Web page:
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Today's News

  • Lady Diggers stand tall, slam Pawnee

    AULT — Mentally, games like the one Clear Creek had against Pawnee in the opening round of the 2014 Canine Classic on Dec. 5 can be hard. But like senior center Anna Schwecke said, more than anything they are fun. The Lady Golddiggers had their fair share of fun for sure.

  • CCHS poms compete with a confident attitude

    DENVER — A la seconds – it sounds like something one might partake in during Thanksgiving, but actually it’s the technical term for the leg-extended turns that the Clear Creek Lady Golddiggers poms squad executed beautifully, although not perfectly, during their bid for a third consecutive state title on Dec. 6 at the Denver Coliseum.

    The Lady Diggers’ a la seconds and kick line were both on-point, but, ultimately, it wasn’t enough and Vail Christian, relegating them to third place, dethroned them.

  • November election was good and bad

    It’s been a month since the 2014 elections, and the post-mortems have been written ad infinitum. I promise to be brief with regard to it.

  • Starlings light up feeders during dreary December

    Early December is a dreary time of year. Winter has taken a fairly good grip on the land. Our landscape becomes mostly black and white. It is cold, and few exciting or unusual birds are to be seen.

    Only the hardiest winter birds come to the feeders. The fall migrant birds have all passed through. The year-round residents that exist here in the mountains are relatively few. The hairy and downy woodpeckers still appear, dressed in black and white except for a small red patch on the nape of the male, so they blend right into the winter landscape

  • Teamwork, Will Robinson!

    The Clear Creek High School robotics club isn’t likely to build a robot armed with lasers or even capable of subjugating humanity — but a mechanical claw and catapult are definitely on the drawing board.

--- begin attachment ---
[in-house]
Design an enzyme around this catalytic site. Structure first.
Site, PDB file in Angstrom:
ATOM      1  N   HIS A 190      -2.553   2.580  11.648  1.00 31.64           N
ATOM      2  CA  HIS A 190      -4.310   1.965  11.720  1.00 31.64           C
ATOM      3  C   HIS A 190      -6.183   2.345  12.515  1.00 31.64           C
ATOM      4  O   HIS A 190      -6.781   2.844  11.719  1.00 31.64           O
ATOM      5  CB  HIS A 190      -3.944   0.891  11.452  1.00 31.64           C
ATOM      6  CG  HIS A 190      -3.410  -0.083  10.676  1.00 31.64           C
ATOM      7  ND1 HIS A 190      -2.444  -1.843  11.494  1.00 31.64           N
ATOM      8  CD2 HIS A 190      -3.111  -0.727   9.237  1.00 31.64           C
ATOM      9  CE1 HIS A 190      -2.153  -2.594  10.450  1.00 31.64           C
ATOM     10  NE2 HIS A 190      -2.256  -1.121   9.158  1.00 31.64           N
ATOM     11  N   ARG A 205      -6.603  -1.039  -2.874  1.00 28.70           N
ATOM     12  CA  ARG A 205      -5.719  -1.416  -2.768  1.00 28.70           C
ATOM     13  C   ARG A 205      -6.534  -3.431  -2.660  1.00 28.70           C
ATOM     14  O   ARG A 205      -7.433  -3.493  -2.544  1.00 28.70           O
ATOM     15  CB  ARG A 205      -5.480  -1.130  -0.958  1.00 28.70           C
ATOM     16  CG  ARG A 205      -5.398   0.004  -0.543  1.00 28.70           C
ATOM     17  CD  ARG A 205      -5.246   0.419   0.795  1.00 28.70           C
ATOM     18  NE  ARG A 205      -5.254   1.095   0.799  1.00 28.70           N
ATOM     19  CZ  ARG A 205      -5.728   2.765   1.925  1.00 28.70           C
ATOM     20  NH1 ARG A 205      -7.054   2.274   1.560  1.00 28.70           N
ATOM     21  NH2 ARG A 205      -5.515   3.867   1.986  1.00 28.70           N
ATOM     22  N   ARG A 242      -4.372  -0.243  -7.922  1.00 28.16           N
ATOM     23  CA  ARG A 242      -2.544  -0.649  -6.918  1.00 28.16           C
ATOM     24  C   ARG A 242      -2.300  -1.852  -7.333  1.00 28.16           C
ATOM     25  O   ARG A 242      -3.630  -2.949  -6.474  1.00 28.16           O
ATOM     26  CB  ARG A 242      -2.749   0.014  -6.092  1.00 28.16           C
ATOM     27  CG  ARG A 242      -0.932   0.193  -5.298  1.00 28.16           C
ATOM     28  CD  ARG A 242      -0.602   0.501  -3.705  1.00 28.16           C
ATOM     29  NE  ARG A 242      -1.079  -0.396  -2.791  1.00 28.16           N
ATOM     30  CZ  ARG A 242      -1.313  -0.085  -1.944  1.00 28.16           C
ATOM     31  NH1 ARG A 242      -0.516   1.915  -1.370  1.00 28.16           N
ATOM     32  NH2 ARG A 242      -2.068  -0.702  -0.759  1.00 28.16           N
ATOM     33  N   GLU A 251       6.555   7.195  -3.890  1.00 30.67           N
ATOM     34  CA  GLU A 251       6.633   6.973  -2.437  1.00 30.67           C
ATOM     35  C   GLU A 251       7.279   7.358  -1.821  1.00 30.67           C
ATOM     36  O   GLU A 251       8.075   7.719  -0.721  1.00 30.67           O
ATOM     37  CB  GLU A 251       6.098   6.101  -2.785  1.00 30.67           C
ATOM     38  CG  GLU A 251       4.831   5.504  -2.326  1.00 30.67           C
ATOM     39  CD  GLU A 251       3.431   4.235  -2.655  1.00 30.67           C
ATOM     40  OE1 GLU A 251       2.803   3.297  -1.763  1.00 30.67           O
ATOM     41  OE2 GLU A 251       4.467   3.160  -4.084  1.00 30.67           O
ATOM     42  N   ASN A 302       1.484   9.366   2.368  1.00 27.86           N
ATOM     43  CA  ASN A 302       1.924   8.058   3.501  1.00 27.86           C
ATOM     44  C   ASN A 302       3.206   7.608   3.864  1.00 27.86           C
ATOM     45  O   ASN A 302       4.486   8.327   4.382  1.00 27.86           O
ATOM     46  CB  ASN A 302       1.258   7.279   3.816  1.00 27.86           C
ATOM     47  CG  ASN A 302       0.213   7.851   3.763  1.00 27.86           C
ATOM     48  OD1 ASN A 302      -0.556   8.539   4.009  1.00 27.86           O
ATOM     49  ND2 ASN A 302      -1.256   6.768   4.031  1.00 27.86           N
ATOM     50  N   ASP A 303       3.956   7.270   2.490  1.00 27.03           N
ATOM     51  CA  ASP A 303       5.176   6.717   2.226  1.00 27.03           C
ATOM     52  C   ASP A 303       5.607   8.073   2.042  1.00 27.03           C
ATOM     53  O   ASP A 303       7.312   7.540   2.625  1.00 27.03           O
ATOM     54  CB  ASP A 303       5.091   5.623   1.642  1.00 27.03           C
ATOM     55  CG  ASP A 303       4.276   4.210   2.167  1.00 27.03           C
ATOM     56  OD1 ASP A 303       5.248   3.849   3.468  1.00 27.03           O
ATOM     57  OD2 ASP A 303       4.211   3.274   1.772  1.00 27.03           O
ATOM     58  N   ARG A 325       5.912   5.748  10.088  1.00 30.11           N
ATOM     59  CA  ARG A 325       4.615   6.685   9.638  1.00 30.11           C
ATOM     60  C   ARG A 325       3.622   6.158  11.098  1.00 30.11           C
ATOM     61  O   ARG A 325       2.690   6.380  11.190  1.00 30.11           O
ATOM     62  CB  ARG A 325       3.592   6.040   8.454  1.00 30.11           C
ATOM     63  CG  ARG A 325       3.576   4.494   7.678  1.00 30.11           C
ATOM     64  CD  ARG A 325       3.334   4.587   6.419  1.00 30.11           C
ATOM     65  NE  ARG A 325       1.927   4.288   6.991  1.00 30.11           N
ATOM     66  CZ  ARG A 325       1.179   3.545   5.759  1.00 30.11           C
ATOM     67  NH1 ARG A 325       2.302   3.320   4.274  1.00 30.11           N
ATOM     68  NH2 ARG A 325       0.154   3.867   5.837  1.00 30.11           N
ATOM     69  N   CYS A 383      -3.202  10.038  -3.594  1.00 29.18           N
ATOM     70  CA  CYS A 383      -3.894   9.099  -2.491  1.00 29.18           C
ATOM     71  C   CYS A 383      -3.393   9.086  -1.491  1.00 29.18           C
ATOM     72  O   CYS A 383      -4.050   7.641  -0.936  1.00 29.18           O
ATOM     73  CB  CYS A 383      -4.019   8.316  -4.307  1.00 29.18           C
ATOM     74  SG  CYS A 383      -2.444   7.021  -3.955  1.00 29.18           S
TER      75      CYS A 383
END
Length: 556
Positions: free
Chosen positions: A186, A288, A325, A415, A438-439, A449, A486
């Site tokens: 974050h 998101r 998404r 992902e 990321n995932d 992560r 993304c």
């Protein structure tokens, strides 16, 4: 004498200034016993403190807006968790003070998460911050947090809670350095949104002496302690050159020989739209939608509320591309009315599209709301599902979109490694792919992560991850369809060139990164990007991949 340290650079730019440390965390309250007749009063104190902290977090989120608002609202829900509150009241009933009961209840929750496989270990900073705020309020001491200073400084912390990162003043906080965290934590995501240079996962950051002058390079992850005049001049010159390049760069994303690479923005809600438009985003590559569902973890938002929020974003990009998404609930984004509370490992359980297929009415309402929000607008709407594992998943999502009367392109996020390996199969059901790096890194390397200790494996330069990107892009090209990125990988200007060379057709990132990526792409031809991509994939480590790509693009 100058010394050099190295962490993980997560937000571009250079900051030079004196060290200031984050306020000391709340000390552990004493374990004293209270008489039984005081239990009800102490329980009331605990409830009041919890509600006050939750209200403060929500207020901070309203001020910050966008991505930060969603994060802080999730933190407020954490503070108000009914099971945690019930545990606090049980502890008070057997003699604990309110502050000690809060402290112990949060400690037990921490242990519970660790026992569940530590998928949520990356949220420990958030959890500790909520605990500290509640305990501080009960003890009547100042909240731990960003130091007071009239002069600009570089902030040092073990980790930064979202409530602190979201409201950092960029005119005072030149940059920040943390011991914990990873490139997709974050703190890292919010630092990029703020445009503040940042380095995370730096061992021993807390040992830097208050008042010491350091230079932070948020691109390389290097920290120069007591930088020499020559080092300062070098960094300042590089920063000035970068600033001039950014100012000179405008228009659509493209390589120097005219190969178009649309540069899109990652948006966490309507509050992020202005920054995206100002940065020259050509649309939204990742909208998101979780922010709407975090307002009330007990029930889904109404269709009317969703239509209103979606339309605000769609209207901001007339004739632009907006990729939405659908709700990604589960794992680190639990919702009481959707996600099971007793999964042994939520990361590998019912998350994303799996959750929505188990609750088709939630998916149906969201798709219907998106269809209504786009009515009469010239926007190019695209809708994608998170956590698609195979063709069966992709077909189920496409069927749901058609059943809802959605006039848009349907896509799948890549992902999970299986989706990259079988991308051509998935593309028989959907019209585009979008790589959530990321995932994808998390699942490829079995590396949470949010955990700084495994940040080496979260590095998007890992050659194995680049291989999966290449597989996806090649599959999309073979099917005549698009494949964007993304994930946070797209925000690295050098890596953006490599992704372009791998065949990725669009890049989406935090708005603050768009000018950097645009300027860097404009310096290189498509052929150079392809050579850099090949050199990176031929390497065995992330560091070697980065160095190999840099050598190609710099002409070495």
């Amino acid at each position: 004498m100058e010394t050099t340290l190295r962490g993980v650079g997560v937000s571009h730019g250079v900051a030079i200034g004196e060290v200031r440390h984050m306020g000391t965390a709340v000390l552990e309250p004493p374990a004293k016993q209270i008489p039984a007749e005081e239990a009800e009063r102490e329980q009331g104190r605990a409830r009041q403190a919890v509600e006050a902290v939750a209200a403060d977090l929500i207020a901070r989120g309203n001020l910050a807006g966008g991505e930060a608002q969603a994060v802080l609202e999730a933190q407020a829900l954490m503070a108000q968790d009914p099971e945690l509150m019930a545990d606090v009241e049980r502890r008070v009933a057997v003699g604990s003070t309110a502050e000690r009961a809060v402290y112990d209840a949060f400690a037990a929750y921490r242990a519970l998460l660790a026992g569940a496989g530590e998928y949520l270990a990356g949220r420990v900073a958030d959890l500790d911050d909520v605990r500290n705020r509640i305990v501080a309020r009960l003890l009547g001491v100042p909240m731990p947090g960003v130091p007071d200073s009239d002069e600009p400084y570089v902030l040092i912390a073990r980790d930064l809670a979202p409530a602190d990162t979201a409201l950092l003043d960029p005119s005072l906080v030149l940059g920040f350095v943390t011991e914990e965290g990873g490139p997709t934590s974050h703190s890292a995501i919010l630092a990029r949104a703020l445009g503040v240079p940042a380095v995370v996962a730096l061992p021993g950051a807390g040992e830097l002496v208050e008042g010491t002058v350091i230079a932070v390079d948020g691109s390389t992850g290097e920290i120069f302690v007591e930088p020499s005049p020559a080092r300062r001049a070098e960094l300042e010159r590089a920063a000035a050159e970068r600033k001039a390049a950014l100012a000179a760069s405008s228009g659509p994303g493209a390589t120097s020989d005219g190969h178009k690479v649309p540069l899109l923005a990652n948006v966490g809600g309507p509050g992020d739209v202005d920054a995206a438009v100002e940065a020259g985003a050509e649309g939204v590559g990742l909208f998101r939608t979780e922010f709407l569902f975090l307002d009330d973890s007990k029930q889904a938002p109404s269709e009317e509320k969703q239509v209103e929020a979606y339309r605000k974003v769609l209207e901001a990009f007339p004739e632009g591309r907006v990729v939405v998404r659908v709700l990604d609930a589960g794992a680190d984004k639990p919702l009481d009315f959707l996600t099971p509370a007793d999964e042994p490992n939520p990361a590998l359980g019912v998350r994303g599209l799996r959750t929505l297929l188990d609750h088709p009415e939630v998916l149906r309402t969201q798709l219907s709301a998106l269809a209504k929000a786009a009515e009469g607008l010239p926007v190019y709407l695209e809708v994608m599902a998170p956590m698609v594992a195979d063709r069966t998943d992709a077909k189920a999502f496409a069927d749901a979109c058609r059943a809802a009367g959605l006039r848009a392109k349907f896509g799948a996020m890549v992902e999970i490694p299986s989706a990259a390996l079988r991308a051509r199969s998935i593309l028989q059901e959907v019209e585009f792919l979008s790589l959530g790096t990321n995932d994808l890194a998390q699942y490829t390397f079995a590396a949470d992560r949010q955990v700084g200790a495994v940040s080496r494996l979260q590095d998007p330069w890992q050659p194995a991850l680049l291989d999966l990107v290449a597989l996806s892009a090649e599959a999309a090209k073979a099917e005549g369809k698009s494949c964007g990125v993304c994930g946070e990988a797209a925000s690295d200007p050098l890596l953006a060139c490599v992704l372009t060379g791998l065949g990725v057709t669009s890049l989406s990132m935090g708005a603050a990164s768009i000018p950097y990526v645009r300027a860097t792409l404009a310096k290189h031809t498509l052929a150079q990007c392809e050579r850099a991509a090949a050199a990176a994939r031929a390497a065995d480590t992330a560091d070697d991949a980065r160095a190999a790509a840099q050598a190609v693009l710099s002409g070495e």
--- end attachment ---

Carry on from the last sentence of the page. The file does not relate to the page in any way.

• County, Empire end practice of accepting free lift tickets

    Clear Creek County and the town of Empire have stopped accepting free lift tickets from Loveland Ski Area after a recent advisory from the state’s Independent Ethics Commission said that accepting them was unethical.

  • A boardroom in his basement

    Casey Day is determined to raise ski making to an art — at every step of the process.

    From concept and design to engineering, prototype development and graphics, the Silver Plume resident does it all. The 34-year-old got into the ski-making business 11 years ago and this year started selling his own brand, Powder Factory, out of his house, where he meticulously handcrafts each ski.

  • Indian Hot Springs has new owner

    The Indian Hot Springs in Idaho Springs has been sold to the former owner of Hot Sulphur Springs near Granby.

    While the sale price has not been recorded yet, the property is valued at $1.53 million by the county assessor’s office. That assessment is based on market value for the land in 2012, and would not include the value of the business or the water rights, according to Diane Settle, county assessor. County assessments are about two years in arrears of the current time period.

  • Springs again looking for community development specialist

    Idaho Springs officials will search for a new community developer after Tim Katers left after just three months on the job.

    Katers is working as a disaster recovery specialist on projects related to the September 2013 floods in northern Colorado, according to his LinkedIn page. He was not immediately available for comment. He works for the Colorado Department of Local Affairs Community Development Block Grant program.

  • Clear Creek rates high in personal income

    Clear Creek County has the third highest average personal income in the state at $59,970, according to statistics released last week by the U.S. Bureau of Economic Analysis.

    But federal statistics can be misleading, according to County Commissioner Tom Hayden. Per-capita income can look “very skewed” in a county of just 9,000 residents, he said.